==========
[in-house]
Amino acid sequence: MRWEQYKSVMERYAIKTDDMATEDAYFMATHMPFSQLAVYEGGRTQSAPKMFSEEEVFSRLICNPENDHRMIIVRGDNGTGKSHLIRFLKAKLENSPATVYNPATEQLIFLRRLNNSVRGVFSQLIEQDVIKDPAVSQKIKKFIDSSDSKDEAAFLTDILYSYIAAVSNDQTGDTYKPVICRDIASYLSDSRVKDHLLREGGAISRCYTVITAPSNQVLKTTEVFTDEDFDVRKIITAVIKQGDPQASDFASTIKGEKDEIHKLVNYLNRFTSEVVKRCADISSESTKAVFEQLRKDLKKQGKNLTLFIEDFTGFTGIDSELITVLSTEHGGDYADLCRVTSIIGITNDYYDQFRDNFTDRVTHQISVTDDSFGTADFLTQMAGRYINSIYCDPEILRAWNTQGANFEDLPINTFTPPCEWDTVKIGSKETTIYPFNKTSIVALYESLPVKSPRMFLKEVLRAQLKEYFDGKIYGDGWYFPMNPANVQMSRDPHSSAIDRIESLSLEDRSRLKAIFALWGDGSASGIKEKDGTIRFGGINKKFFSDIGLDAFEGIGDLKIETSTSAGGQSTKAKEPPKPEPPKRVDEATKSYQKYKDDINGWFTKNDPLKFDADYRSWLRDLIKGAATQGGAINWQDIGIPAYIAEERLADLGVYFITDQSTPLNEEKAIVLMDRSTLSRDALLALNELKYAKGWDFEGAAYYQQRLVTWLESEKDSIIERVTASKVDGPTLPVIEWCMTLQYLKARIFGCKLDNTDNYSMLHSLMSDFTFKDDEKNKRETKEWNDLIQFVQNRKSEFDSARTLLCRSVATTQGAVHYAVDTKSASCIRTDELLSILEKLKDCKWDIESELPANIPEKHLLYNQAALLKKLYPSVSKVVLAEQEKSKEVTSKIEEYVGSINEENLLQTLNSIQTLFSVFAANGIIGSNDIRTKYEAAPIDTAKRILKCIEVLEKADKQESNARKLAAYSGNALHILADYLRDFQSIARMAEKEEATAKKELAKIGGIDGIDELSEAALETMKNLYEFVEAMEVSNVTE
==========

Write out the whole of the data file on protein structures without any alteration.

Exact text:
[in-house]
Amino acid sequence: MRWEQYKSVMERYAIKTDDMATEDAYFMATHMPFSQLAVYEGGRTQSAPKMFSEEEVFSRLICNPENDHRMIIVRGDNGTGKSHLIRFLKAKLENSPATVYNPATEQLIFLRRLNNSVRGVFSQLIEQDVIKDPAVSQKIKKFIDSSDSKDEAAFLTDILYSYIAAVSNDQTGDTYKPVICRDIASYLSDSRVKDHLLREGGAISRCYTVITAPSNQVLKTTEVFTDEDFDVRKIITAVIKQGDPQASDFASTIKGEKDEIHKLVNYLNRFTSEVVKRCADISSESTKAVFEQLRKDLKKQGKNLTLFIEDFTGFTGIDSELITVLSTEHGGDYADLCRVTSIIGITNDYYDQFRDNFTDRVTHQISVTDDSFGTADFLTQMAGRYINSIYCDPEILRAWNTQGANFEDLPINTFTPPCEWDTVKIGSKETTIYPFNKTSIVALYESLPVKSPRMFLKEVLRAQLKEYFDGKIYGDGWYFPMNPANVQMSRDPHSSAIDRIESLSLEDRSRLKAIFALWGDGSASGIKEKDGTIRFGGINKKFFSDIGLDAFEGIGDLKIETSTSAGGQSTKAKEPPKPEPPKRVDEATKSYQKYKDDINGWFTKNDPLKFDADYRSWLRDLIKGAATQGGAINWQDIGIPAYIAEERLADLGVYFITDQSTPLNEEKAIVLMDRSTLSRDALLALNELKYAKGWDFEGAAYYQQRLVTWLESEKDSIIERVTASKVDGPTLPVIEWCMTLQYLKARIFGCKLDNTDNYSMLHSLMSDFTFKDDEKNKRETKEWNDLIQFVQNRKSEFDSARTLLCRSVATTQGAVHYAVDTKSASCIRTDELLSILEKLKDCKWDIESELPANIPEKHLLYNQAALLKKLYPSVSKVVLAEQEKSKEVTSKIEEYVGSINEENLLQTLNSIQTLFSVFAANGIIGSNDIRTKYEAAPIDTAKRILKCIEVLEKADKQESNARKLAAYSGNALHILADYLRDFQSIARMAEKEEATAKKELAKIGGIDGIDELSEAALETMKNLYEFVEAMEVSNVTE